Plans in place to protect homeless people in Dublin during heatwave 4 months ago

Plans in place to protect homeless people in Dublin during heatwave

Temperatures could reach up to 32 degrees in places.

Contingency plans have been put in place in Dublin to protect homeless people during the "exceptionally warm weather" set to reach Ireland over the next few days.


Dublin City Council (DCC) has said it is coordinating the response to ensure homeless people at risk are sheltered for the duration of any extreme weather event.

"In response to the hot weather warning expected over the coming days, arrangements are in place with service providers to ensure that temporary shelter will continue to be available to all who wish to access it," the lead statutory authority in the Dublin region said in a statement on Saturday (16 July).

"The [Dublin Region Homeless Executive-funded] Dublin Street Outreach Service and Housing First Intake Team (provided by Dublin Simon & Peter McVerry Trust) will be engaging with those at risk of rough sleeping in order to provide shelter for anyone who needs it."

DCC states that the outreach teams will ensure:

  • The distribution of water and sunscreen
  • The provision of shelter as required
  • The encouragement of people to be sun aware
  • The use of social media and apps to ask the public to report people sleeping rough during the hot weather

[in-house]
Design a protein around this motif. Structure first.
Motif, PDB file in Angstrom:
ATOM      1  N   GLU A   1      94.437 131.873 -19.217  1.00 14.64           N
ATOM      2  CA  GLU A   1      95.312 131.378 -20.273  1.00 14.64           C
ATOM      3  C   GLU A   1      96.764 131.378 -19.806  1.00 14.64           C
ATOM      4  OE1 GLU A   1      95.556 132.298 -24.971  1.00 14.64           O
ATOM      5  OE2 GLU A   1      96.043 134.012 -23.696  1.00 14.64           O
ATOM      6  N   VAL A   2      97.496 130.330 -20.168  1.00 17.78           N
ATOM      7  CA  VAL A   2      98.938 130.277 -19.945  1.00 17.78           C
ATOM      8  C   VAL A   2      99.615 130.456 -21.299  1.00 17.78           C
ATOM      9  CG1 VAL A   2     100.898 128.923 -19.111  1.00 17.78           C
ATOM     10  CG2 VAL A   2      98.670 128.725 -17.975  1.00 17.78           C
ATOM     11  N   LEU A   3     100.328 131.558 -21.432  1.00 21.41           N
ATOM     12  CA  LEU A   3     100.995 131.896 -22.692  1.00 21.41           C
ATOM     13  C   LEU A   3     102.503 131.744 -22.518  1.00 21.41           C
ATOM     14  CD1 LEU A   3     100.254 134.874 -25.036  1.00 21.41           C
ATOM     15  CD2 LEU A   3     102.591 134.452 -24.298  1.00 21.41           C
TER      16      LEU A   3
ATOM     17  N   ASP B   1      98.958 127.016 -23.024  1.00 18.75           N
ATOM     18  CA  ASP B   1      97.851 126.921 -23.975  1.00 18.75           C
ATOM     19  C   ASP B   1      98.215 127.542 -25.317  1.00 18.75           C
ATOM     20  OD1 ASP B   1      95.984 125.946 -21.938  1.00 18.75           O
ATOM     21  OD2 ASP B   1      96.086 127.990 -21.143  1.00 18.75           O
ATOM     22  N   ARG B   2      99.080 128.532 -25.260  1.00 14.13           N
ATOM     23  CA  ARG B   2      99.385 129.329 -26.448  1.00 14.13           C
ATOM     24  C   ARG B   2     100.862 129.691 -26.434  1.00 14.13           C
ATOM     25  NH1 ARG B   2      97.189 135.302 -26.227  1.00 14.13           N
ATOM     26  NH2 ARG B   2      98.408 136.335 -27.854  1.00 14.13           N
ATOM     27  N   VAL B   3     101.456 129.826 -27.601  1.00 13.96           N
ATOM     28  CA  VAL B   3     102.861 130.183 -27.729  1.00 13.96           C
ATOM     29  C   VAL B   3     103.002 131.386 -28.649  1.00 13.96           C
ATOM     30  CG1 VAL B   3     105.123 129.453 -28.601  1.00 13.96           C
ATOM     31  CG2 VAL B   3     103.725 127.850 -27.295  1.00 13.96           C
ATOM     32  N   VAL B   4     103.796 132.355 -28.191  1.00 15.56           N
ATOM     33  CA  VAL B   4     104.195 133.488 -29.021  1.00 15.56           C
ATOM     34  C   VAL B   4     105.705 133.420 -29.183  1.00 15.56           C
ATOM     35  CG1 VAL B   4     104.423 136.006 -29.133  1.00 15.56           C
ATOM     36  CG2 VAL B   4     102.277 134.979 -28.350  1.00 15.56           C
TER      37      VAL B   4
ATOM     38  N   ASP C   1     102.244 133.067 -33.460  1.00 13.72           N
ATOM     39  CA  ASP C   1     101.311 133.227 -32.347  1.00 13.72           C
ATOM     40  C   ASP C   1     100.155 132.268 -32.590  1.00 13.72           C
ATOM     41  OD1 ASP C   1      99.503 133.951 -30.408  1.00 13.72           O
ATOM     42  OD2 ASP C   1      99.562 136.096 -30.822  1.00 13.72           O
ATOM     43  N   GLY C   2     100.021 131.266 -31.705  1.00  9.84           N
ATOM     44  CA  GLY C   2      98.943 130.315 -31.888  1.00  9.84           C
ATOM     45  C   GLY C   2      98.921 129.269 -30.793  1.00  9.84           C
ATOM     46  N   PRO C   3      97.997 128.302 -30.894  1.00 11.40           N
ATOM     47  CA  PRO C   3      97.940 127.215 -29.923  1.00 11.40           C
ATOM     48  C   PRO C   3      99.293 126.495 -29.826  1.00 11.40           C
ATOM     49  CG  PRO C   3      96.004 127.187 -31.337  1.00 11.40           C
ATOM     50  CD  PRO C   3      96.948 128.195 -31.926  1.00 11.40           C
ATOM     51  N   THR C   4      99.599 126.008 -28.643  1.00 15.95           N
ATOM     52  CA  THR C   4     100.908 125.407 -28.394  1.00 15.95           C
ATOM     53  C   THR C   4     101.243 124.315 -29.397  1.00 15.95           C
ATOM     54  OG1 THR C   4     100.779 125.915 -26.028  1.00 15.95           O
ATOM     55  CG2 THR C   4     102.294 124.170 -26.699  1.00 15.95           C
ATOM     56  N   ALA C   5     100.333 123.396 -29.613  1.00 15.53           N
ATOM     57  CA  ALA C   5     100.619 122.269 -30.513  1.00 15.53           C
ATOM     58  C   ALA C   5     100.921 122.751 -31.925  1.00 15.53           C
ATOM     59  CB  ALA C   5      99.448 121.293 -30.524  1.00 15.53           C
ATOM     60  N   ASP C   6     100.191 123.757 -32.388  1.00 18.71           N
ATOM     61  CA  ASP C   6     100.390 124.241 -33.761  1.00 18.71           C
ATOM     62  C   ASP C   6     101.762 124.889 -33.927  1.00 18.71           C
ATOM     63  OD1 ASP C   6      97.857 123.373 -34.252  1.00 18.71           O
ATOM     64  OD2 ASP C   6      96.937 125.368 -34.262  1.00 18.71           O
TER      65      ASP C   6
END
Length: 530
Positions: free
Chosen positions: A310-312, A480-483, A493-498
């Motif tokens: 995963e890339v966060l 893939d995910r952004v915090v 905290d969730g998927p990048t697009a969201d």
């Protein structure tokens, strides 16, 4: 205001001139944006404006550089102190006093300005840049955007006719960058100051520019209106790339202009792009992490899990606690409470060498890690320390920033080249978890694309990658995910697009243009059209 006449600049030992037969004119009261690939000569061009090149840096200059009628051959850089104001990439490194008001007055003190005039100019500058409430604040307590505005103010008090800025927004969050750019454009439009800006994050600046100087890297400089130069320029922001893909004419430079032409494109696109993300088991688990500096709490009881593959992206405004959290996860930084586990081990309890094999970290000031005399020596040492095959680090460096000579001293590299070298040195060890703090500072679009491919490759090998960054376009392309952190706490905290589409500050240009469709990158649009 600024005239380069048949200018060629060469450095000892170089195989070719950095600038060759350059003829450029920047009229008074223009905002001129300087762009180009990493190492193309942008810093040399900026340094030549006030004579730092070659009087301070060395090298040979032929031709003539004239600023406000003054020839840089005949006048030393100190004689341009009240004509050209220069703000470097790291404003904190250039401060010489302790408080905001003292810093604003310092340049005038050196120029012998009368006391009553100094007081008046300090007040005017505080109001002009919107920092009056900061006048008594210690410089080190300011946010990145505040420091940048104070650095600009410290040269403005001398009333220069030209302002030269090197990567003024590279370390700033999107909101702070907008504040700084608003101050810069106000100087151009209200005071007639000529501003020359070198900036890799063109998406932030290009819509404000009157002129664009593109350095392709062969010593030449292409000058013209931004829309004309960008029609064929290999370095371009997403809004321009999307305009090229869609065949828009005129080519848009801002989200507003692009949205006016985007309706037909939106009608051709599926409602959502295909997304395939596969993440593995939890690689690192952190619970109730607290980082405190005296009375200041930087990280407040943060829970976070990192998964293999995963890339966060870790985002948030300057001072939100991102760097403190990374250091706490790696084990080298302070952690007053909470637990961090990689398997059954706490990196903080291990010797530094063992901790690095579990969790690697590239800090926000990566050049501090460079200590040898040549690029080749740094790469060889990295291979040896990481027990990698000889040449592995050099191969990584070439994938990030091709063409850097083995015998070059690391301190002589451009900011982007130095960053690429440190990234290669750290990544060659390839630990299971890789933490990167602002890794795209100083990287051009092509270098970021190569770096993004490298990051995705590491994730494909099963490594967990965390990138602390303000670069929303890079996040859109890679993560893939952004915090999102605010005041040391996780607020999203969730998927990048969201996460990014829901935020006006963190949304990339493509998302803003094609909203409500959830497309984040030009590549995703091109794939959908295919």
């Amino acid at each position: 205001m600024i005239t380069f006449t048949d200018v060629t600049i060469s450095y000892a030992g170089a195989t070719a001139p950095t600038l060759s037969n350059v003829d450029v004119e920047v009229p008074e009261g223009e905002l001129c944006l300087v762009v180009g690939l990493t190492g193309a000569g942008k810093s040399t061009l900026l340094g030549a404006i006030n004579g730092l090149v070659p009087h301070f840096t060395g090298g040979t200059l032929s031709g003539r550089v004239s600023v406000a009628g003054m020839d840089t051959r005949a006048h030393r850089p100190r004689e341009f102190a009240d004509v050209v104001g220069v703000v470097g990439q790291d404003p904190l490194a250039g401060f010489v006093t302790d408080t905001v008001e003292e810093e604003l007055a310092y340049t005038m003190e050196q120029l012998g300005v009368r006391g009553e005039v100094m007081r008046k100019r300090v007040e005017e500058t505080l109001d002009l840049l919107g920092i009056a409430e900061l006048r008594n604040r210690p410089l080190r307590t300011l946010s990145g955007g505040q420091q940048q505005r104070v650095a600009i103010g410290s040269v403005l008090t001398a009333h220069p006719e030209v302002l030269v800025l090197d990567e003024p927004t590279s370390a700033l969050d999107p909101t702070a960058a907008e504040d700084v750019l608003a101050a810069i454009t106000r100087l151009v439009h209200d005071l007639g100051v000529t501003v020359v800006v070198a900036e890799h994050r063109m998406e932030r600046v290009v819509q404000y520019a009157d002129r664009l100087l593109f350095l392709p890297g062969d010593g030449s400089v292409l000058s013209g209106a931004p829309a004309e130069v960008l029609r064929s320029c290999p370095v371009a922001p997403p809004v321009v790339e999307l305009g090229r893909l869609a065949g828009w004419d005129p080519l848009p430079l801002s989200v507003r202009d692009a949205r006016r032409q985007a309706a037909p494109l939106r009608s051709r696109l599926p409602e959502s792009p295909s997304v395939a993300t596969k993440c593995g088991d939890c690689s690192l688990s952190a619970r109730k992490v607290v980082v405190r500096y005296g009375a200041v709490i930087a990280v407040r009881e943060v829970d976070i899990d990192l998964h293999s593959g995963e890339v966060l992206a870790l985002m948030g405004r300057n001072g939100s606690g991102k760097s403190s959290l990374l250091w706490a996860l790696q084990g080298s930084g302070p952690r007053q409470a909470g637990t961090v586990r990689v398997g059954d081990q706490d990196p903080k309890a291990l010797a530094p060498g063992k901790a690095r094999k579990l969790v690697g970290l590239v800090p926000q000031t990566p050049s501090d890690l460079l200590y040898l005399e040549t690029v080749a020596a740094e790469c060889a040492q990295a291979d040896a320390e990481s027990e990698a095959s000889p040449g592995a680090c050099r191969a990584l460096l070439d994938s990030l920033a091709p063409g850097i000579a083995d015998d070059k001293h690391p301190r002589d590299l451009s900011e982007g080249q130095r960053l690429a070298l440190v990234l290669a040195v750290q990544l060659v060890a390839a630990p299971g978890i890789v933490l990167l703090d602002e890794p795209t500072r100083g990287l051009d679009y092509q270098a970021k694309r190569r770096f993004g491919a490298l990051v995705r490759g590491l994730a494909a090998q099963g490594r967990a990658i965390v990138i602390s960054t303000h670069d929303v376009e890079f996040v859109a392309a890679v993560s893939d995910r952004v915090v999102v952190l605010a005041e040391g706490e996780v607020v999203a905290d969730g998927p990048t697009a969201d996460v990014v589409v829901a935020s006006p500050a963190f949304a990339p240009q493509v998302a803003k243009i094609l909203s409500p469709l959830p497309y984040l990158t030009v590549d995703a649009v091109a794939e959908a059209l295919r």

The council is also encouraging anyone requiring emergency accommodation to contact their local authority or the DCC's freephone number for its homeless services, which is 1800 707 707.

On Friday morning, Met Éireann issued a Status Yellow high temperature warning for the entire country.

Valid from 6am on Sunday to 9pm on Tuesday, the alert reads: "On Sunday, Monday and Tuesday exceptionally warm weather will occur over Ireland with daytime temperatures of 25 to 30 degrees generally and possibly up to 32 degrees in places on Monday.


"Nighttime temperatures will range from 15 to 20 degrees."

Met Éireann added that the impact of these high temperatures could include the following:

  • Heat stress, especially for the more vulnerable of the population
  • High Solar UV index
  • Risk of water-related incidents

The warning followed Met Éireann meteorologist Aoife Kealy telling JOE that next Monday (18 July) is set to be the hottest day of not only the current warm spell but also this year so far.


Not only that, it might end up breaking the record for the hottest day in the country since records began, a record previously set way back in June 1887, when a temperature of 33.3 degrees was recorded in Kilkenny.

In terms of safety advice for during the heatwave, Kealy advised people to stay hydrated, wear sunscreen and to "try to avoid the midday sun".

For information on how to be best prepared for the hot weather, visit the Be Summer Ready section on the Government's website here.